When you're shopping along Orchard Road, or admiring the new, futuristic Gardens by the Bay attraction, it's easy to forget that Singapore was smothered in wild, swampy jungle not so long ago.
Yet while the city-state's rapid modernisation has been startling (and ongoing), its earthy origins haven't completely vanished.
At the centre of Singapore, the Bukit Timah Nature Reserve grants a glimpse of what things were like when the British colonialists, led by Stamford Raffles, arrived in 1819.
Blessed with hilly walking trails, this muggy urban rainforest lies south of Singapore Zoo and the Night Safari Park, where you can eye nocturnal animals, including the kind of tigers that once roamed freely here.
To really get off the beaten Singapore track, however, I've decided to hop off the "Mother Island" and explore some of the city-state's offshore nuggets.
There are 63 Singaporean islands in total. Some are out of bounds, notably Jurong, which is strewn with petro-chemical plants, and Tekong, a military training base. Incidentally, Christmas Island (1300km south of Orchard Road) was part of Singapore before being sold to Australia in 1957.
From Marina South Pier terminal, close to the flashy Marina Bay Sands casino and resort, I board a small passenger boat to St John's Island.
We're soon drifting past Sentosa, the most developed of Singapore's outlying islands, and a haven of five-star hotels, multi-million-dollar apartments and family entertainment, including the world's biggest aquarium.
About 20 minutes later, we pull in at St John's, which was formerly a quarantine site for immigrants suffering from cholera and leprosy, then a prison for political detainees and a rehabilitation centre for opium addicts.
These days, it's set up for picnicking, undulating woodland walks and camping. Outside of weekends and public holidays, you can virtually have St John's to yourself.
Blissfully free of hooting traffic, on my visit the island's loudest noises come from meowing cats and myna birds squabbling amid the rustling branches of casuarina trees.
The only other humans I see are groundkeepers and staff from the island's marine science research centre (which holds occasional public open days).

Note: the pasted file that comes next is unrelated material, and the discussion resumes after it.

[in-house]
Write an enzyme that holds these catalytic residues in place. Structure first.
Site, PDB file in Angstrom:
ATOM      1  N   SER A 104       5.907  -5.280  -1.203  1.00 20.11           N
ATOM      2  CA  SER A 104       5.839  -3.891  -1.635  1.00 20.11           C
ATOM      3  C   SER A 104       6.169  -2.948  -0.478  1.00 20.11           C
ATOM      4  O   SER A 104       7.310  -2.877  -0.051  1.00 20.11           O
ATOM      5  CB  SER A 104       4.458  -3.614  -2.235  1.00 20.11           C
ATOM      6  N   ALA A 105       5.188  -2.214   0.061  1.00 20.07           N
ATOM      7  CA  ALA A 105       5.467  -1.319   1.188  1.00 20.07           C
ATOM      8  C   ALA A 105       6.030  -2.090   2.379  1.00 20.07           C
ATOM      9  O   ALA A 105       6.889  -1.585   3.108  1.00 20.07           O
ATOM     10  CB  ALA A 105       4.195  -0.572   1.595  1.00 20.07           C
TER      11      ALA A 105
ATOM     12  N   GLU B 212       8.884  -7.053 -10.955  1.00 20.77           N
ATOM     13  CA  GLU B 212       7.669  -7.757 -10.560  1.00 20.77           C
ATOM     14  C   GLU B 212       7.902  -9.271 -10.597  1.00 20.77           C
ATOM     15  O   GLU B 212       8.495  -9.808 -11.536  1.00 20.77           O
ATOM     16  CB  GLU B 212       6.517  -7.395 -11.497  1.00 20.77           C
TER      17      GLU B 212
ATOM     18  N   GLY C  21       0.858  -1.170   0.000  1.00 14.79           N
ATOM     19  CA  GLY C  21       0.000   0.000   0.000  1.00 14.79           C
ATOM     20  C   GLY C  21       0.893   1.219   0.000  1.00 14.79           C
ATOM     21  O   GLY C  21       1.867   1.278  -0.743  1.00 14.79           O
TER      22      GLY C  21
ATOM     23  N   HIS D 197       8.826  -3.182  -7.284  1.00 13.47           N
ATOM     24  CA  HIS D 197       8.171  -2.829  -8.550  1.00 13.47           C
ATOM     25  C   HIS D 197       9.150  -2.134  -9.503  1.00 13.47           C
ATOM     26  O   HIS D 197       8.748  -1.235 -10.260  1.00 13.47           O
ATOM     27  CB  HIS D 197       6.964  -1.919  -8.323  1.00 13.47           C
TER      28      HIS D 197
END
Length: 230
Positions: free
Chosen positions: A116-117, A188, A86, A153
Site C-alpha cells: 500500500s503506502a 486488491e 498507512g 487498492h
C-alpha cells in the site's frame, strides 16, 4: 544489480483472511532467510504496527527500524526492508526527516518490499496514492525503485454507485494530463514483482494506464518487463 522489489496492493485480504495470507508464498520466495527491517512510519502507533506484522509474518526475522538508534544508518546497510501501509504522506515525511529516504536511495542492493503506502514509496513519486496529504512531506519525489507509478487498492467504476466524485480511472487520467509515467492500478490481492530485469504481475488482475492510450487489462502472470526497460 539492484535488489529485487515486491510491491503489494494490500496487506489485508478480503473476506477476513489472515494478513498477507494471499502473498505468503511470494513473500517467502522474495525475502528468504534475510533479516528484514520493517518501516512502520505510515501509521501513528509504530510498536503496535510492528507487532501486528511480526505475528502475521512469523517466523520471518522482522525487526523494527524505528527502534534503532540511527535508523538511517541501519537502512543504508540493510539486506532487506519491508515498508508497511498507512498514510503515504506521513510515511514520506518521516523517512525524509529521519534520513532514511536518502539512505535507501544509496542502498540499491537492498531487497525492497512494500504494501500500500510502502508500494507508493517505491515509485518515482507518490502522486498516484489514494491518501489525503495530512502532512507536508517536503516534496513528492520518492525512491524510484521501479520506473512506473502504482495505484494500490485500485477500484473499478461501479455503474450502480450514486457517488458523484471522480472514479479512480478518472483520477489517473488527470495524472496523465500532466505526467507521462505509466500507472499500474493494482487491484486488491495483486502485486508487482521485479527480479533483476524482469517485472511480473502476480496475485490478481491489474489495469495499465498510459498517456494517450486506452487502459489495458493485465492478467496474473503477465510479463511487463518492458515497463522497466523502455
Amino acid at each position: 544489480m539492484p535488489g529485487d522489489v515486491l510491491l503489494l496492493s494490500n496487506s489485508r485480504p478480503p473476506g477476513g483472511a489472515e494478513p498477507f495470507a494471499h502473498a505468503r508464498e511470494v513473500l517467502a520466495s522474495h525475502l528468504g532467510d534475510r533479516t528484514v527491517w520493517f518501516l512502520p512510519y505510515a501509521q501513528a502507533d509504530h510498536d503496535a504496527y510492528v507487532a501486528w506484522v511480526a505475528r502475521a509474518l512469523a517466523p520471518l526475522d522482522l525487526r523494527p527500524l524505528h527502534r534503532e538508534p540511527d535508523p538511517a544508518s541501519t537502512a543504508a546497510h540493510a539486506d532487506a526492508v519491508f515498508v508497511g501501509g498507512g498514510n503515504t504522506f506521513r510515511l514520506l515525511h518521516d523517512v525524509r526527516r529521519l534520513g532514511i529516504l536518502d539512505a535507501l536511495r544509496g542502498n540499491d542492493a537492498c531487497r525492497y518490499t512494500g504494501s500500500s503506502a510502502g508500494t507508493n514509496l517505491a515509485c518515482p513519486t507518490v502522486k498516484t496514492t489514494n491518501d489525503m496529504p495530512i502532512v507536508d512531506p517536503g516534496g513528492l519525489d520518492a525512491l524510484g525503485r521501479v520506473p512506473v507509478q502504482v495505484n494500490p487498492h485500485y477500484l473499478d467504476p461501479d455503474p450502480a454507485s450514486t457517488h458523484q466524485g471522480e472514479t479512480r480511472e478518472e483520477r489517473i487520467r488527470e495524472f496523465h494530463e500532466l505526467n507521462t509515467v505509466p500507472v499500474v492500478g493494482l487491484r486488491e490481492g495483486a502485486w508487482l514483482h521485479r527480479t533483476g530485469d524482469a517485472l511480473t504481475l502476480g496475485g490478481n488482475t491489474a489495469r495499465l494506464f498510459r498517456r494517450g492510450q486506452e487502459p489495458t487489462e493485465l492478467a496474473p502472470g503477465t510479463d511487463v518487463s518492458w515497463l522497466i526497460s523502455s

Sedate St John's is linked by a causeway to Lazarus, an even more laid-back island, which is edged by the type of unspoilt white-sand bays and calm emerald waters common in Indonesia. You can see glimpses of the Indonesian archipelago from the causeway.
Across a current-prone channel - and accessible via a short boat ride from St John's - Kusu Island is shrouded in spirituality.
Shrines to Malay saints crown a leafy hillock at the heart of the island, and by the waterfront, two Taoist deities are revered at the Da Bo Gong Temple, which draws thousands of worshippers for its annual pilgrimage (in 2013, October 15 to November 13).
In Chinese, Kusu means tortoise. According to legend, the island was created by a magical tortoise to save two shipwrecked sailors.
Dozens of tortoises swim and frolic in the island's refuge pool, and you may spot some out in the wild if you snorkel in the lagoons.
I take a breather on one of Kusu's picnic benches and stare back over the water at Singapore's burgeoning skyline.
In the foreground, giant freighters sluggishly advance to dock at the world's busiest shipping port.
I wonder what Singapore will be like in the decades to come. The Singaporean government has announced controversial proposals to boost the city-state's population from 5 million to 6.9 million by 2030 - and opponents fear over-development, all over.